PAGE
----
Over the past year, Community Land Trusts (CLTs) have become a focal point of the affordable housing movement in New York City, and recent City support and funding for the alternative homeownership model signals an embrace of CLTs as a policy tool for greater affordability. New York City is already home to a few CLTs and affiliated networks, but steps have recently been taken to incorporate this model into a scalable policy strategy: the creation of the first City-sponsored, citywide CLT was announced in October 2017, and the City Council has since passed legislation that codified CLTs into city law.
What is a CLT?
A CLT is a real estate ownership model that separates landownership from homeownership or ownership of property for other uses. Under this model, a community-controlled nonprofit owns the land, and individual property owners possess the housing, or other assets like green space or retail, sitting on top of that land. CLTs keep land out of the speculative real estate market and limit the resale or rental value of the assets on top with the goal of preserving affordability over time. CLTs are also democratic, community-building tools—in addition to increasing occupant housing tenure through long-term affordability, CLTs are typically managed by a board of directors that includes homeowners and local community members.
Though land trusts are rooted in the philosophy of economist Henry George, the first modern CLT came out of the Civil Rights movement. Civil rights activists in Georgia founded New Communities Inc. as an agricultural and residential cooperative in order to build economic self-sufficiency within the black community, after being denied opportunities by white property owners resisting desegregation. There are now roughly 225 active CLTs across the United States.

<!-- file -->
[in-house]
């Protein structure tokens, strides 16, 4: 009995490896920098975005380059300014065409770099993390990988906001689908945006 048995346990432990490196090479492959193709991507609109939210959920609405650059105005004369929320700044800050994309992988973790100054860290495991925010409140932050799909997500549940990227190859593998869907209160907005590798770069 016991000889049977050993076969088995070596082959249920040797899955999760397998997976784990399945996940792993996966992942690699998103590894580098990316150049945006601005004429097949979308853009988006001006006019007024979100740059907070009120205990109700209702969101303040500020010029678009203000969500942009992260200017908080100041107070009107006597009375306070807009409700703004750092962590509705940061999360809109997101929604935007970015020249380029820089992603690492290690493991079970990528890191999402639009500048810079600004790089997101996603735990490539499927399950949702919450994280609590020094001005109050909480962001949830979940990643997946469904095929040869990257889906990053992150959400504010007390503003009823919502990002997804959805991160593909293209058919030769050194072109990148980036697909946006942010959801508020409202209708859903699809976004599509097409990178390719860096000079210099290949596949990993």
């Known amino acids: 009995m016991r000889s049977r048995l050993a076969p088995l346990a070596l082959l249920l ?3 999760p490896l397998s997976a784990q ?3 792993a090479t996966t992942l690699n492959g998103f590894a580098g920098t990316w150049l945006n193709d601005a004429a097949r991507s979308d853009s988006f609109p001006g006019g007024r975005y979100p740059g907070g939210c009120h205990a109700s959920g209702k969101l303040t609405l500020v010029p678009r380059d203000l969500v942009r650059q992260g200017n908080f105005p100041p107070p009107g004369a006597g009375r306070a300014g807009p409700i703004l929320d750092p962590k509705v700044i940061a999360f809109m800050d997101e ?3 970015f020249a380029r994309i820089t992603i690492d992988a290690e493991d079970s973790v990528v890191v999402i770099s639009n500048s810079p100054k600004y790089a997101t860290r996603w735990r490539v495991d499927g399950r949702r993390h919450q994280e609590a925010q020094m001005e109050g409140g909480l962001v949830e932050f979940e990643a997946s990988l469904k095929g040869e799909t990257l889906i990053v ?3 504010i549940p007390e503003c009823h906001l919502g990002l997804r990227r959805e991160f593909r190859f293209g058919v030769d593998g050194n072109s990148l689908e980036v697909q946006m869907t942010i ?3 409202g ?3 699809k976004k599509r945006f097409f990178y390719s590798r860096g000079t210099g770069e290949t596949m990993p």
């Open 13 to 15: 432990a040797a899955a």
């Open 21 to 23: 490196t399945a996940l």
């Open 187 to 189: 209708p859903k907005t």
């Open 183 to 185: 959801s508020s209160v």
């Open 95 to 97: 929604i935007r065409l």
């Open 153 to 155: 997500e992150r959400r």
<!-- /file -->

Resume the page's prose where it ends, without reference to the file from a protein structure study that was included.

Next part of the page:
What impacts can CLTs have on neighborhoods?
Research has already demonstrated the financially-stabilizing effects CLTs can have at the owner-occupant level, but a September 2017 study is the first to look at the broader stabilizing effects that CLTs can have at the neighborhood scale, and on gentrification specifically. The study, published by researchers from Texas A&M University, shows a relationship between CLTs and the prevention of typical negative effects of gentrification—defined for the purposes of the study as displacement through class turnover, decreasing affordability, and skyrocketing property prices. The researchers’ quantitative analysis compares gentrifying and non-gentrifying neighborhoods with and without CLTs over time according to racial composition, class composition, median income, educational attainment, resident tenure, age fluctuation, housing affordability, owner-occupied housing rates, and property values. Ultimately, the results suggest that the presence of CLTs in gentrifying neighborhoods might counteract the negative effects by increasing racial diversity, increasing affordability, maintaining the middle-class population, stabilizing median income levels, maintaining levels of educational attainment, and stabilizing housing prices.
While these results are promising, housing experts warn that CLTs alone cannot sufficiently counter the impacts of real estate speculation at the city scale. As policymakers consider how to integrate the CLT model into New York City’s affordable housing strategy, they should see it as just one piece of a broader movement to address New York City’s affordability crisis.